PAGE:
Data Privacy Day: The S in IoT Stands for Security

As you hear more about the Internet of Things (IoT), you may hear that the S in IoT stands for "security."

Right, there is no S in IoT. That's the point.

Did you know that today, January 28, is Data Privacy Day? Data Privacy Day (known in Europe as Data Protection Day) is an international holiday that occurs every 28 January.

The purpose of Data Privacy Day is to raise awareness and promote privacy and data protection best practices. It is currently observed in the United States, Canada, India and 47 European countries.

There's probably a lot more of your information in cyberspace than you know. And new devices are collecting more of your data every day. 

StaySafeOnline.org is just one site that has information about data privacy.

As an educator, if you want to teach about this to kids in elementary school, middle and high school or to students in higher education, they have materials.

Of course, this is not just for students. Many adults, especially older adults who didn't grow up with or use technology in their working lives, lack some basic knowledge about protecting your personal data. 

One slice of this data pie is privacy in social networks. Those networks both you use the data you voluntarily supply them with about yourself (birth date, address, email, occupation) and also information that you "allow" them to collect (perhaps without knowing that you allow them to gather that data) such as who your friends are, where you work, schools you attended, locations you frequent, your mobile phone number etc.).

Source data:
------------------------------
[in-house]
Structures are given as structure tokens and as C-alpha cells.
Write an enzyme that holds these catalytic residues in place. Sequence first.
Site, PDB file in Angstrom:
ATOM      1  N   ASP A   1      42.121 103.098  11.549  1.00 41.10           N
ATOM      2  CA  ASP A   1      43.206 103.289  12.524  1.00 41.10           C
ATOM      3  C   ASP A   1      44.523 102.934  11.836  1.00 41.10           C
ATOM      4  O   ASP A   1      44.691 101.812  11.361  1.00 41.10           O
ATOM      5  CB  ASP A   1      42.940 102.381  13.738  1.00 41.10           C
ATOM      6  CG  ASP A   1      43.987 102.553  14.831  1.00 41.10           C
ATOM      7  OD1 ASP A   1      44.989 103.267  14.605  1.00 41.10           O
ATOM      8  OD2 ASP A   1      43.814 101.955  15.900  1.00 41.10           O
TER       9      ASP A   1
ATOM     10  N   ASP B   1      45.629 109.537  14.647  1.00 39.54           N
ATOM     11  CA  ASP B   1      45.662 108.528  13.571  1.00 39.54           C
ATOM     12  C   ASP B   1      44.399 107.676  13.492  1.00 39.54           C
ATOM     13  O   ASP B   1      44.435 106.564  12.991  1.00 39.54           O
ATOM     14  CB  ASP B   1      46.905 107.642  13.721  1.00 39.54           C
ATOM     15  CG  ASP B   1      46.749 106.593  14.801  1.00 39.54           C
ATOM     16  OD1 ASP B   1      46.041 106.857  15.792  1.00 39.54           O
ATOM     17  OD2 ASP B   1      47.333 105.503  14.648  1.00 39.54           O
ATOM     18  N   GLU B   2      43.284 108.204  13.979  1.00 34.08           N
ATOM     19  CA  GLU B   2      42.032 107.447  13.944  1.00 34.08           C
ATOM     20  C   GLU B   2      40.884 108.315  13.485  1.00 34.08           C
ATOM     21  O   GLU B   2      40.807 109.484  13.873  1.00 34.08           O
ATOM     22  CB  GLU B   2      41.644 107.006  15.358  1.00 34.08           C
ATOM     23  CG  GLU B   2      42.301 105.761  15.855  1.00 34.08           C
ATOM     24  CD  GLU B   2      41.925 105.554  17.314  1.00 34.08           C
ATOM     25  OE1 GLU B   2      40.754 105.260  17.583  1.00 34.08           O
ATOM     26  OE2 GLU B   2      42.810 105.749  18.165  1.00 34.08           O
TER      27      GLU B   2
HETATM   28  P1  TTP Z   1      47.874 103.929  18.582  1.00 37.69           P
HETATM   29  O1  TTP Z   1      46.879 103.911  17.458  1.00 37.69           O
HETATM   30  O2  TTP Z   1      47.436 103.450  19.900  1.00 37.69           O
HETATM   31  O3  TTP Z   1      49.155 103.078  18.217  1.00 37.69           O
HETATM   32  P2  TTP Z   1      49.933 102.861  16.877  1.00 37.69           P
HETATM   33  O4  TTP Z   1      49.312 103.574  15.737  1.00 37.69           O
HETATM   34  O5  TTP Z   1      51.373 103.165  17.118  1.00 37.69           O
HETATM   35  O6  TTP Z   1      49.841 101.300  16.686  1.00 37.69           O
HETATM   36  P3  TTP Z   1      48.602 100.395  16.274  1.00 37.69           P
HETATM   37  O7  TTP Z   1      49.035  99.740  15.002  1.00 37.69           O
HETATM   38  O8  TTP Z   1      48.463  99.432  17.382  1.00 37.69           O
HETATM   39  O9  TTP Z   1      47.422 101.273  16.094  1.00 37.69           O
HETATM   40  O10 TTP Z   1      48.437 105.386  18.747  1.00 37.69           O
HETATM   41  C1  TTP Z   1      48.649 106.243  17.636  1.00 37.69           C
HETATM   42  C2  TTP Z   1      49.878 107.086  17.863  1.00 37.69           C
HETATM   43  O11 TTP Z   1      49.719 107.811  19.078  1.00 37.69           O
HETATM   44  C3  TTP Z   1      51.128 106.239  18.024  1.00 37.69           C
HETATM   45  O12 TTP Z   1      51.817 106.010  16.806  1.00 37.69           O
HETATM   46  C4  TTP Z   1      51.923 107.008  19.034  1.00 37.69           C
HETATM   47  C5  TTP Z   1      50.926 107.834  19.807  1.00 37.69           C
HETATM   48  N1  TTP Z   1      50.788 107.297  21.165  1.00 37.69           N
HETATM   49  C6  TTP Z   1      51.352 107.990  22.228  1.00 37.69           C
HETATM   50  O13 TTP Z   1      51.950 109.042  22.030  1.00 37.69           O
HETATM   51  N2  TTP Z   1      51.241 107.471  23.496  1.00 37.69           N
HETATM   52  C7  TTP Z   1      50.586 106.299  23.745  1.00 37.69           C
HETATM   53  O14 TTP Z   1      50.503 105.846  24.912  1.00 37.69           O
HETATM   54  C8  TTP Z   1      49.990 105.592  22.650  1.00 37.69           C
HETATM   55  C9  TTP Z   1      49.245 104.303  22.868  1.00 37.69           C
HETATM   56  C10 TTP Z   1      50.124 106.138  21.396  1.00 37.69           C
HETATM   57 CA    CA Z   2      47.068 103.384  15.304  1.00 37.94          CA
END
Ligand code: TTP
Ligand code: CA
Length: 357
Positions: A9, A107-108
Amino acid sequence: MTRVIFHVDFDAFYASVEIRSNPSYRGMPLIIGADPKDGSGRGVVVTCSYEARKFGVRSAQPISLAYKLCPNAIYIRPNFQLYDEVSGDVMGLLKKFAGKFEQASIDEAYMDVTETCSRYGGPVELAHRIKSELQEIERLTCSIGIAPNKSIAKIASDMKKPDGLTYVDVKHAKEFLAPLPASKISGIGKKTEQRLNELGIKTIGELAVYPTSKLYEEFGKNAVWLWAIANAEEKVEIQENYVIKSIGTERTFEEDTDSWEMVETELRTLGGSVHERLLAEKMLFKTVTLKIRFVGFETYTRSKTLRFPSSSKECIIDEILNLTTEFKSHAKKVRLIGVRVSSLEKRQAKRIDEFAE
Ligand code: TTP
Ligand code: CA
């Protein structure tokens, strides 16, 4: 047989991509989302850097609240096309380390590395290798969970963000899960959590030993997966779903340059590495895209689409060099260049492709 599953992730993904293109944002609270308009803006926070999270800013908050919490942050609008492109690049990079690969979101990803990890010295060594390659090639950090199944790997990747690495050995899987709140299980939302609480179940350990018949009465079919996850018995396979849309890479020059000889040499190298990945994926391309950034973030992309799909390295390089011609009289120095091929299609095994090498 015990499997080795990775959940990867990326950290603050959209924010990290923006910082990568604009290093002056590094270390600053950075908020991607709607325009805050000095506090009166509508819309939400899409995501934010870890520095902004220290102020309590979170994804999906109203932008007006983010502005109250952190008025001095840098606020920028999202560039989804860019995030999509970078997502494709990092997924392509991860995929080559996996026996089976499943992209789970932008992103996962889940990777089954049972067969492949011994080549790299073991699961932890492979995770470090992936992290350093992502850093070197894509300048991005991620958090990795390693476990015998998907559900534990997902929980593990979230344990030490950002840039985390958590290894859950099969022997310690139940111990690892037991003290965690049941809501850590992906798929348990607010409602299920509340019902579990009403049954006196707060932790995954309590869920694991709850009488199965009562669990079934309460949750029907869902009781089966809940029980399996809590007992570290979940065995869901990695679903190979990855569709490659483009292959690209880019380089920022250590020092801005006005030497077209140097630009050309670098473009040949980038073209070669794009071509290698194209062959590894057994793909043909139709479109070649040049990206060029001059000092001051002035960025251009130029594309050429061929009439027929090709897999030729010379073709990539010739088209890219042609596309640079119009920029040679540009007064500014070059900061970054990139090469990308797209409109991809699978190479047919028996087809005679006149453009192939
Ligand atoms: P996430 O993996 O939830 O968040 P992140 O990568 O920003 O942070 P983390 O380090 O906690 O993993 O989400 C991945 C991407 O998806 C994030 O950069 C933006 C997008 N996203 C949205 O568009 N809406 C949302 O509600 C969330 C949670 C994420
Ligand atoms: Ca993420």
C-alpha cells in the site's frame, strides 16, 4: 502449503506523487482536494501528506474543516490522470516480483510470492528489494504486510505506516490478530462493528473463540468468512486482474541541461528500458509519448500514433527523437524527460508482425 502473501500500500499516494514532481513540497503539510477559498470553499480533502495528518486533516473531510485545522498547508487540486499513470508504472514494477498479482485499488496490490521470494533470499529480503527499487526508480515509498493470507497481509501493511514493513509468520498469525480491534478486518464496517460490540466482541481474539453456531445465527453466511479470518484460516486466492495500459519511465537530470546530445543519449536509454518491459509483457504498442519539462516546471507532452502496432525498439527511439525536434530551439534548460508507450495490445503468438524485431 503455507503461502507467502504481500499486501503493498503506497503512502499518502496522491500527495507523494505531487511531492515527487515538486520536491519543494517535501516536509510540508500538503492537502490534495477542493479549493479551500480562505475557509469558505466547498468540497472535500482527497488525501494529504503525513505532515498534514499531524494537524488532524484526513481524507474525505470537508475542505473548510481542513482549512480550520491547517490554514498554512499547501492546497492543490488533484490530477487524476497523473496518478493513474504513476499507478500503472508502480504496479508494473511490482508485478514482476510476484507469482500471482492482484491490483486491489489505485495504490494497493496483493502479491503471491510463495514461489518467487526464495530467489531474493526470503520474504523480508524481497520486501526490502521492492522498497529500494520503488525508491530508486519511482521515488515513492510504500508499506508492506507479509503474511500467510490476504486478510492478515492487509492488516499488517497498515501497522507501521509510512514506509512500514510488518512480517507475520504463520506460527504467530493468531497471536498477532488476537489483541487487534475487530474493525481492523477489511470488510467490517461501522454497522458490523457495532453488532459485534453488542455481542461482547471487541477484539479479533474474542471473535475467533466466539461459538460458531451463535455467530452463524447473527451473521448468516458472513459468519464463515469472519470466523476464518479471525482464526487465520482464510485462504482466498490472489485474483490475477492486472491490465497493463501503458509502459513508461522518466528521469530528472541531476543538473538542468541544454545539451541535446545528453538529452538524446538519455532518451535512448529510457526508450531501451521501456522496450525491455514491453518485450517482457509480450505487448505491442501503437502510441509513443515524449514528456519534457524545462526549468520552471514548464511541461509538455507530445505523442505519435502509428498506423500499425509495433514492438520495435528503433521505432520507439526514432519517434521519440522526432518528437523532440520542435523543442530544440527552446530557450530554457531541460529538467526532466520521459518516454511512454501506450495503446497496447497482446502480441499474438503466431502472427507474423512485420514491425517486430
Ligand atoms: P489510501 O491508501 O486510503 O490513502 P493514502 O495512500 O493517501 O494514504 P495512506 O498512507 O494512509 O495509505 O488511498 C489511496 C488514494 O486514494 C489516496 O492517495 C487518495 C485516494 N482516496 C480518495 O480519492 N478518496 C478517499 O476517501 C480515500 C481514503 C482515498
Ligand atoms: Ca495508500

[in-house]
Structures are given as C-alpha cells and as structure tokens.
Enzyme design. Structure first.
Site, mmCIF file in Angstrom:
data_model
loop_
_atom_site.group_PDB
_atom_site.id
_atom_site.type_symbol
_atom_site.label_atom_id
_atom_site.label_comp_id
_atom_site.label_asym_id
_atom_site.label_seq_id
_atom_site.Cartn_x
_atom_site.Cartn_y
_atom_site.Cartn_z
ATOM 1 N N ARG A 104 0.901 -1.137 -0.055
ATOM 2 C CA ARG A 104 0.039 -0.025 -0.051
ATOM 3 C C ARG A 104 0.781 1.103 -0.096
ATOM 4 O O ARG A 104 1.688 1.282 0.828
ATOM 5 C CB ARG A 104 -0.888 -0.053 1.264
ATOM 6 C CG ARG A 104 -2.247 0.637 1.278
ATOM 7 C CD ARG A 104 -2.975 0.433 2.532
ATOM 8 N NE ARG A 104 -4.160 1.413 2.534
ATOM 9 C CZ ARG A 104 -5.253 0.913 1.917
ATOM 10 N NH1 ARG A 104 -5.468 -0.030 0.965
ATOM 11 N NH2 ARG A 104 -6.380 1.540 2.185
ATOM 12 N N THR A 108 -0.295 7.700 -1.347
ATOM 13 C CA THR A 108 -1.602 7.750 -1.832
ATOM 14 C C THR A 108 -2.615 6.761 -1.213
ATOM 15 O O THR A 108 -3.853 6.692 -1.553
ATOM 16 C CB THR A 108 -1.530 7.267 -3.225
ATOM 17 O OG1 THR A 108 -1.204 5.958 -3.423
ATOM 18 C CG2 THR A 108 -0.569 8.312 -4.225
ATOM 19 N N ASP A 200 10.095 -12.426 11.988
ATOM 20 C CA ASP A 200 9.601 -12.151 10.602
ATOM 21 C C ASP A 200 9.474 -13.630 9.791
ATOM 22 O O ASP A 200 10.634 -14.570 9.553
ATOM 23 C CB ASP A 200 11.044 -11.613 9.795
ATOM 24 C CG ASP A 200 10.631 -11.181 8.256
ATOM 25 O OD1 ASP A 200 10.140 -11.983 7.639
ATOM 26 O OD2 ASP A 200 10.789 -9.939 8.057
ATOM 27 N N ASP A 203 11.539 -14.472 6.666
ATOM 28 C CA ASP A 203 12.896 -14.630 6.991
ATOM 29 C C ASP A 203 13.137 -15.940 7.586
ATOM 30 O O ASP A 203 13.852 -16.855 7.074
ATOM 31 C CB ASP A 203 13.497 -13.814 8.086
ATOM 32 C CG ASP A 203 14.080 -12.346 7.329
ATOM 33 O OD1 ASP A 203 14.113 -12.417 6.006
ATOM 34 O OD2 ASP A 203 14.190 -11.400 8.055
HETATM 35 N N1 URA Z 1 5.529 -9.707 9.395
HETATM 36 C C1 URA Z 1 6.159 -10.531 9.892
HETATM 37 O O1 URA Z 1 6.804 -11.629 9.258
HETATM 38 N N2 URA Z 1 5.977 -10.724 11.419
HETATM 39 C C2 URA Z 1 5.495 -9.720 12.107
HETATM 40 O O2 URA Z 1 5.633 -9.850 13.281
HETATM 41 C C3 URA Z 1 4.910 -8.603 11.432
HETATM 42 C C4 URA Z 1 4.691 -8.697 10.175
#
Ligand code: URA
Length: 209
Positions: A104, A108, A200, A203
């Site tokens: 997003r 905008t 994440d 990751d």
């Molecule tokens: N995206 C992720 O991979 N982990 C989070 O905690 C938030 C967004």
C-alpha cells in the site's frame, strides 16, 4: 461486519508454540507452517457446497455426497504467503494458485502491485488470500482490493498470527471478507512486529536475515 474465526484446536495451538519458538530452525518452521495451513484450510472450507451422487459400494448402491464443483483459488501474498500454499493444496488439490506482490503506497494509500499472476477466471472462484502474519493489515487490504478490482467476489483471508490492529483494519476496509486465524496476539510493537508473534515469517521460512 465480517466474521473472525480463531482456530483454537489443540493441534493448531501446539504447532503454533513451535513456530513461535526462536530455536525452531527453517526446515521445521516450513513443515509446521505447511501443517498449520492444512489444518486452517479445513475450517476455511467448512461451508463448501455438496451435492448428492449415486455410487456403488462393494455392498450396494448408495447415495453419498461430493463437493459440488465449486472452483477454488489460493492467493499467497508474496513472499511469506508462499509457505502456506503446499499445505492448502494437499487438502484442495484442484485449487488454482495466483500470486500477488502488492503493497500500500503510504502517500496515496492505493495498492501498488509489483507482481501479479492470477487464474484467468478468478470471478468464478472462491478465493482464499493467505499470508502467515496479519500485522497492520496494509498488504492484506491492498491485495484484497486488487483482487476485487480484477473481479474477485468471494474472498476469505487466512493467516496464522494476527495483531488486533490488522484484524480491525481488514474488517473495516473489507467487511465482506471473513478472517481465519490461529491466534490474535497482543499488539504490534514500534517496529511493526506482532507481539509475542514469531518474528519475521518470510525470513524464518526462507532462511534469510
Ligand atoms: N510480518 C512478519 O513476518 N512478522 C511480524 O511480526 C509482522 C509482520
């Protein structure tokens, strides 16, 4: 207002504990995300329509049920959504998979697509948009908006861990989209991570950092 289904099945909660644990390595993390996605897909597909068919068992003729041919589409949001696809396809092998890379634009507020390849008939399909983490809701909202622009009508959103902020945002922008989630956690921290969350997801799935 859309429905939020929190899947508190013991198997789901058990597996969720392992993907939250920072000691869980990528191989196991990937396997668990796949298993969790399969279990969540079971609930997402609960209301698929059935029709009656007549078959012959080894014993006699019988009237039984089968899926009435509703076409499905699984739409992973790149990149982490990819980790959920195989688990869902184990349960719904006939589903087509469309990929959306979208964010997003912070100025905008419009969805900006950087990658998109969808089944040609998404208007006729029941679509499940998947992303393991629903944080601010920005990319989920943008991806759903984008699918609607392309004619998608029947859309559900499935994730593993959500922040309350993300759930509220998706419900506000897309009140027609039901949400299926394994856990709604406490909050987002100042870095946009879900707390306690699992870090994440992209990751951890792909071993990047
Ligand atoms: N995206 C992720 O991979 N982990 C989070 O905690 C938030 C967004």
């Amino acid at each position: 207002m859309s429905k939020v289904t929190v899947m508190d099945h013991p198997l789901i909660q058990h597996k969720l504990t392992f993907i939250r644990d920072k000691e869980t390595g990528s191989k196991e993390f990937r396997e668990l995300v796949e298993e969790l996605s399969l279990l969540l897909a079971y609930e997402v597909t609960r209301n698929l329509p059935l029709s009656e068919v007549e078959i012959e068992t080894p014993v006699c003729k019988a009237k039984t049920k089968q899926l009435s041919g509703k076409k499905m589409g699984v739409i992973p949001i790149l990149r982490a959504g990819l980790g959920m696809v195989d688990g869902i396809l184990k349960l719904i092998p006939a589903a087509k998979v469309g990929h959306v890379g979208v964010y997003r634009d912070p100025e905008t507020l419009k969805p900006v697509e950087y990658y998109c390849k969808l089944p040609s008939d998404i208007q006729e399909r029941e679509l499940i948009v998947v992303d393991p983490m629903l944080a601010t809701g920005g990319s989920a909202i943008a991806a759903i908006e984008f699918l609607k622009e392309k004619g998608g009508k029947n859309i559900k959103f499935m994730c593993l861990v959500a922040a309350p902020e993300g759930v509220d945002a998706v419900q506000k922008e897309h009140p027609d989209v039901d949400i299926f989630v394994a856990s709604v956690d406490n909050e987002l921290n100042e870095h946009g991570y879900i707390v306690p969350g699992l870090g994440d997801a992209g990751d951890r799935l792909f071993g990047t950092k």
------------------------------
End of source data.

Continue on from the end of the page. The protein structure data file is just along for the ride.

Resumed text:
Your smartphone, tablet or laptop  contains significant information about you and your friends and family – contact numbers, photos, more locations and more. How many security settings have you changed on your devices? If you're like many people, the answer is either none or "There are security settings?" Your mobile devices need to be protected.

Today might be a good day to start or check again just how much you have done to protect your personal privacy and data.

Soon, even more "things" connected to the Internet in your home, car, office and the places around you will be adding to that personal data out there. Be ready!



 



StaySafeOnline1 is the official YouTube channel of the National Cyber Security Alliance. NCSA's mission is to educate and therefore empower a digital society to use the Internet safely and securely at home, work, and school, protecting the technology individuals use, the networks they connect to, and our shared digital assets.


Image Rights Online

Image available without restriction via Unsplash

I did a presentation recently on social media ethics and law in higher education, and the area that seemed to get the most interest and questions concerned the ethical and legal use of images. Ethical use might include not hotlinking to a site's servers to use an image, but ethics often crosses the line into law. You certainly want to respect copyright laws and intellectual property and those issues increase as the size of your organization increases in size and resources - and make you a more desirable lawsuit target.